Not sure where I first heard the phrase “you can’t inspect quality into a product” but I have certainly used the phrase myself all too often in my consulting gigs. After a quick Google search, I found the originator of the quote was Harold Dodge and it was first used in a manufacturing context. While I generally eschew appropriating manufacturing analogies for comparison to software development, in this case, it is certainly apt.
In many of the companies I consult with, the prevalent view of “quality” is nothing more than inspection after the fact, a misplaced notion that quality can be insured by finding all of the defects built into the software. The great majority of these inspections are conducted by a separate team, a half a world away by manually banging on keyboards and mice. If one were to write an article on how NOT to ensure software quality it would look frighteningly similar to this (which is what I experience all too frequently when I work with companies).
I find that often this goes hand in hand with the mistaken notion that we are performing projects as opposed to creating long term stable quality products. In some cases our quality leaders are merely naive or simply unquestioningly following the misguided policies and practices of those who came before. For those who truly wish to understand true software quality, who desire to build quality into a product instead of merely trying to inspect it out, what practices should we use?
The first thing is to recognize that building quality into our software code must begin with those who are building the software, the developers. We might have some nice motivational posters that state quality is everyone’s business, but until we tear down the arbitrary and dangerous walls we have erected (incorrectly taking waterfall to its bizarre conclusion) between development and “testers” we will certainly fail to put quality into the code. Development can ensure the quality comes first by writing tests first and performing true TDD (test driven development).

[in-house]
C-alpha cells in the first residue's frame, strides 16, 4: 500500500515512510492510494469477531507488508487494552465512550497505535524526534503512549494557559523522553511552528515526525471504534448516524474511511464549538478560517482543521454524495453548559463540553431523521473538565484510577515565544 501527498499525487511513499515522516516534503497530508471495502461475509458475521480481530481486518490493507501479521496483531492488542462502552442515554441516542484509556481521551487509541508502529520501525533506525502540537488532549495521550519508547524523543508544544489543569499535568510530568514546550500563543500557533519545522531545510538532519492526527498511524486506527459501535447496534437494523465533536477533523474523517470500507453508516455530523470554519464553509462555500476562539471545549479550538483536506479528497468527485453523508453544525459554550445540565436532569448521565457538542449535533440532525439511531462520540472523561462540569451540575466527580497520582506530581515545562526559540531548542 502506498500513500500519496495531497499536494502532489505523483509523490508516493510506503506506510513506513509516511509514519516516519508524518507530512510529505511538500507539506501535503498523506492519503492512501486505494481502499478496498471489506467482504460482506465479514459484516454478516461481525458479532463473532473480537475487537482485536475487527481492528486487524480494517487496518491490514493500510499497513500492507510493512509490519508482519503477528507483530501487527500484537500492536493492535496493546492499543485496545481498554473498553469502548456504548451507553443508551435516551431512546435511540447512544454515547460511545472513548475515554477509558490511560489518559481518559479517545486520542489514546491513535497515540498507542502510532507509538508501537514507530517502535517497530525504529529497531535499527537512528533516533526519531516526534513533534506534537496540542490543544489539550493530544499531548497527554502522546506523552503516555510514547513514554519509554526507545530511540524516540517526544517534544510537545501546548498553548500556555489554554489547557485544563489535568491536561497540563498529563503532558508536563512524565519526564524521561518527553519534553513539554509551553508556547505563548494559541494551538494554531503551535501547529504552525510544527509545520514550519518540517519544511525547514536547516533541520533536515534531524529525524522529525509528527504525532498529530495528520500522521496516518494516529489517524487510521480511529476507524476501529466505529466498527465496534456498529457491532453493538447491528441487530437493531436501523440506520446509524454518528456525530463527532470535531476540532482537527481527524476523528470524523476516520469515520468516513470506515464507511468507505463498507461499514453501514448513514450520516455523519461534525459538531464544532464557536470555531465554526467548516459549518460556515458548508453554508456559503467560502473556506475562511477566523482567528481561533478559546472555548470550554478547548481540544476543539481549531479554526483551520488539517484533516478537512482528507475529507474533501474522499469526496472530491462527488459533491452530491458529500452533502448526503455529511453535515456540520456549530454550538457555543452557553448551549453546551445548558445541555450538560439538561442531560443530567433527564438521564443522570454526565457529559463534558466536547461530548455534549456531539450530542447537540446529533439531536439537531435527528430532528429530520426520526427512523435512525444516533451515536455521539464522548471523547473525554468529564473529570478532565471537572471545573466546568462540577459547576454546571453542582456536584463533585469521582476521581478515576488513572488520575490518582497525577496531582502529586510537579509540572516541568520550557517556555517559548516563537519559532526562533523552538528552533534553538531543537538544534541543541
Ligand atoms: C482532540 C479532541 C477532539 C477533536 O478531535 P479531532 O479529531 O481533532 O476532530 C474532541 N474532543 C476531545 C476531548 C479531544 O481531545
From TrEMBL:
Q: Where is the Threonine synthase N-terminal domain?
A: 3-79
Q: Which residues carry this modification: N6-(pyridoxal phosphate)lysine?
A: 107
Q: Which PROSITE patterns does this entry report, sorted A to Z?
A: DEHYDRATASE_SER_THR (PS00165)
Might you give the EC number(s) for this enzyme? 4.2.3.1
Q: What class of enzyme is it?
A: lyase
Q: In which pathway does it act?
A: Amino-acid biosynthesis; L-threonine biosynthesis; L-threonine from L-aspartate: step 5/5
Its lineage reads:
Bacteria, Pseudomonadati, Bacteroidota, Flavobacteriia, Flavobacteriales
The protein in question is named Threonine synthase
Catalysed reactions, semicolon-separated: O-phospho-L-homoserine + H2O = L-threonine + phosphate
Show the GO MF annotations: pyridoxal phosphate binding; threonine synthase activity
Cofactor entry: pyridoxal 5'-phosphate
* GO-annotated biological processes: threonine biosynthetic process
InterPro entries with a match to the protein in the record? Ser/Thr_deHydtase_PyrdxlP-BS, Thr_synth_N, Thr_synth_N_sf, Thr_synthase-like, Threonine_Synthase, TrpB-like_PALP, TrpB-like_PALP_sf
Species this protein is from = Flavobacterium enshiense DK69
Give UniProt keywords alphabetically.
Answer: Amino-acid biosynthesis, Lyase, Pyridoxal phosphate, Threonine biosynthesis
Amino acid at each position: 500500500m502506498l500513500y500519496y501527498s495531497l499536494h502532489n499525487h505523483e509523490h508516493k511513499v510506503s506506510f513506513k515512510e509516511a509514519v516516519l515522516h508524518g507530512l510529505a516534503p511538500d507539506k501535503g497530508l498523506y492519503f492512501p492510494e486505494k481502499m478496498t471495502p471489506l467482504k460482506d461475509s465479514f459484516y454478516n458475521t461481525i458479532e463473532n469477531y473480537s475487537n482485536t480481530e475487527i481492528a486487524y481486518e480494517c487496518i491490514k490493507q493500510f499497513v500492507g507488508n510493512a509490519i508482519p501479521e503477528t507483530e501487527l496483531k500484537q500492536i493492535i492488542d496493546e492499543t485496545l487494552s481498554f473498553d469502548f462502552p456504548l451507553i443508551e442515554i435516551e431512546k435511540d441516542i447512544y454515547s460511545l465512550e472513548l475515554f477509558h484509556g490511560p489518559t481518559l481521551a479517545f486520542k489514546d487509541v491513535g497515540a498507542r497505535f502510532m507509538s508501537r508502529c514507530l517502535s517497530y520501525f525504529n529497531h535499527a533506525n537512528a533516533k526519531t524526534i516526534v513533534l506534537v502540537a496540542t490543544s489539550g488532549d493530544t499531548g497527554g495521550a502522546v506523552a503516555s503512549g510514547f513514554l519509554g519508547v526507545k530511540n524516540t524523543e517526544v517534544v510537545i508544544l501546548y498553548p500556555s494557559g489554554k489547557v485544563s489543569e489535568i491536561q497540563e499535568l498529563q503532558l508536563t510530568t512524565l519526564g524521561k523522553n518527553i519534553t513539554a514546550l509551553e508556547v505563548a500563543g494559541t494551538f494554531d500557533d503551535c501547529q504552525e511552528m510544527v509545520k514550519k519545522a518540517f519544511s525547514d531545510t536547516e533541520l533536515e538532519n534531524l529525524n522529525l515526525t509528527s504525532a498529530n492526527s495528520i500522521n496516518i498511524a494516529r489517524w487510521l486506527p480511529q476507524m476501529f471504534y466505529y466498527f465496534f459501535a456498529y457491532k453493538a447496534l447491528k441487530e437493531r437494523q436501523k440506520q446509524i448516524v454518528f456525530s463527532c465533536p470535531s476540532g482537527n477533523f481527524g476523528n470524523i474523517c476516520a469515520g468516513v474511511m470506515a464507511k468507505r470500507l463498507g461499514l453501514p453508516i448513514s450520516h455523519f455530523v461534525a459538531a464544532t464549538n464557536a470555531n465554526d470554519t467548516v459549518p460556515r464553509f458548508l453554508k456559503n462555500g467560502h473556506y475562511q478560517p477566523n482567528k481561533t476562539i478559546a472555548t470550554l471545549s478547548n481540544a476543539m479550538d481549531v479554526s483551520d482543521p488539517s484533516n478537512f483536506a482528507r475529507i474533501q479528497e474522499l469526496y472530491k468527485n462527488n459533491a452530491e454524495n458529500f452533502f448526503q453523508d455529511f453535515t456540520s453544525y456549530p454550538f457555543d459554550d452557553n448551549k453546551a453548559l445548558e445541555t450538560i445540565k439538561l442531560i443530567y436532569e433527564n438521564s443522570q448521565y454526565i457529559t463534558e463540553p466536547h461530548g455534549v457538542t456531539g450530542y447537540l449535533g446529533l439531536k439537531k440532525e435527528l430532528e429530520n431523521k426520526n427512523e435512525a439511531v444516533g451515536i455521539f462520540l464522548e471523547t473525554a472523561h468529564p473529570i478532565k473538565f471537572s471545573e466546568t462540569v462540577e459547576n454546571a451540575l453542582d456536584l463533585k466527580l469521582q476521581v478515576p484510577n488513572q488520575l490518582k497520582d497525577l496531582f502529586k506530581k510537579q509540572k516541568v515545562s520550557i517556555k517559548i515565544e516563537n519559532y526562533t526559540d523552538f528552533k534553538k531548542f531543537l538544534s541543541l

Sometimes, as Dan North found, developers may be convinced that TDD is a great idea yet find it difficult to implement. This is a great opportunity to inject BDD (behavior driven development) as a means of helping developers with TDD. In fact, I often recommend that BDD style scenarios can be used to express acceptance criteria even if developers are not yet ready for TDD. The tremendous increase in understanding and early inclusion of test cases as expressed through scenarios is the biggest benefit of BDD and goes a long way to injecting quality into our code.
Another technique for injecting quality is the concept of code review. There is nothing like another set of eyes to make sure that our code is high quality before we push it out of the development environment. You may want to go one better and get a more immediate feedback through pair programming. Like many things in software development pair programming is counter intuitive but the quality of code produced by judicious use of pairing far outweighs the perceived “double” expense.
Akin to code reviews conducted by humans is the ability of code to be “reviewed” by software through static code analysis tools. This software can “read” code and determine “quality” through a set of programmed rules. It will, for example, let you know which classes are too long or complex. These rules become instant feedback for code in progress and help us to easily avoid technical debt. For existing code these tools can help us to understand existing code quality and provide us with candidates for refactoring.
Whatever the technique you choose, the key is to understand that quality is something that is built into the code not something that we can inspect out.